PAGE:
CapacitorJS runs your static site on a local browser and shows it to the user. Also, it has some interface between native and web contexts for accessing native features.
But why do you need this if users can access your website from mobile browsers?
- It's more useful for users. If a user uses your web app frequently, it's easier for them just to click on your app icon than go to the browser and search for your app bookmark or type your app domain name. Both Android and iOS have the feature "Add website to home screen". But a separate native app provides better UX.
- Distribution channel. Users can search for your app in AppStore and PlayMarket. So, it's better to be present on all popular platforms to reach more users.
- Native features. Maybe, your web app doesn't need them. But after you create a mobile version of your app, you can change your mind. At least you can add notifications by FCM.
I think we are done with the "why?" part. Let's go to the "how?" part.
To simplify this guide, I'll create a new Nuxt application. Feel free to jump to the Installing CapacitorJS section if you already have one.
Open a terminal and run:
$ yarn add global nuxi $ yarn nuxi init nuxt-mobile $ cd nuxt-mobile $ yarn install
Here we installed nuxi Nuxt Command Line Interface, created a new project
nuxt-mobile, and installed dependencies from
package.json. You can replace
nuxt-mobile with any name.
Next, let's change
app.vue. Replace the existing file with the following one:
<template> <div> <h1>Nuxt Mobile</h1> <p>This is a basic example of a mobile app built with NuxtJS and CapacitorJS</p> </div> </template>
Now, let's see what we got. Run the development server:
$ yarn dev -o
You will be navigated to the browser. Here you will see your web application.
It's pretty empty, but it will be enough to show how to wrap a web application into mobile apps.
Now, let's add CapacitorJS to the application. I'll follow instructions from the official guide:
$ yarn add @capacitor/core $ yarn add --dev @capacitor/cli
Then, initialize Capacitor using the CLI questionnaire:
$ yarn cap init
The CLI will ask you questions about your package. You can pick any
Package (I used
com.mycompany.nuxtmobile values). Then you need to set the
Web asset directory as
dist. This is a destination on NuxtJS static site. The CLI will save these answers into
capacitor.config.json and check the file content.
After the Capacitor core runtime is installed, you can install the Android and iOS platforms.
$ yarn add @capacitor/android @capacitor/ios
CapacitorJS uses a static version of the site. So, we need to generate it:
$ yarn generate
Now we have a static site so that we can initialize iOS and Android applications:
$ yarn cap add android $ yarn cap add ios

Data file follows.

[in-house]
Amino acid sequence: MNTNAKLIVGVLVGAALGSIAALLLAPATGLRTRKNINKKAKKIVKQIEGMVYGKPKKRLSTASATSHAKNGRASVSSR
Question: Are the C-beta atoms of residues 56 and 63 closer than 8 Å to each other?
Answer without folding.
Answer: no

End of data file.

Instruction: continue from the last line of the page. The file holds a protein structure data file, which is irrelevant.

These commands create native applications in
ios folders. They clone web content from the
dist directory to
Every time you change your site, you need to run
yarn generate to generate a new static site and
npx cap sync to update the native apps.
Let's run the Android application. First, download and install AndroidStudio.
After you finish, return to the console and run
yarn cap open android. This will open
android folder in AndroidStudio. Here you can change your Android files and run the application.
Let's add an emulator to run. Go to the "Tools" -> "Device Manager" and click "Create Device."
First, you need to pick "Hardware device." The main difference between different devices is a screen size and availability of PlayMarket. I'll pick the
Pixel 2 because it has PlayMarket and a 5.0" screen size.
Then, you need to choose the Android OS image. I will use
Android API 33.
Finally, click 'Next' and 'Finish'. After this, you will see a new device on the 'Devices' dropdown.
Now, you can choose your device and click 'Run' to build and start the application:
Android Studio will start the emulator, build, install and run your application:
We are done with Android; let's move to the iOS part.
To build the application for iOS, you need a MacBook. If you have Linux or Windows, you can skip this part.
First, you need XCode to build and run the iOS application. You can get it on AppStore.
After installation, return to the console and run
yarn cap open ios. This command will open the
ios folder as an XCode project. Here you can change iOS application files and settings; build and run the application.
Now, we need to pick an emulator device to run the application. I'll use the iPod touch.
Then click 'Run'. XCode will build the app and run it on the device.
We are done with the iOS part.
Congratulations! In this guide, we turn a new NuxtJS web application into iOS and Android mobile applications. It's a very basic web app so we wouldn't upload it to stores :) But if you already have a full-featured web application, you can turn it into mobile apps and upload them to PlayMarket and AppStore!
You can find the source code of the project here.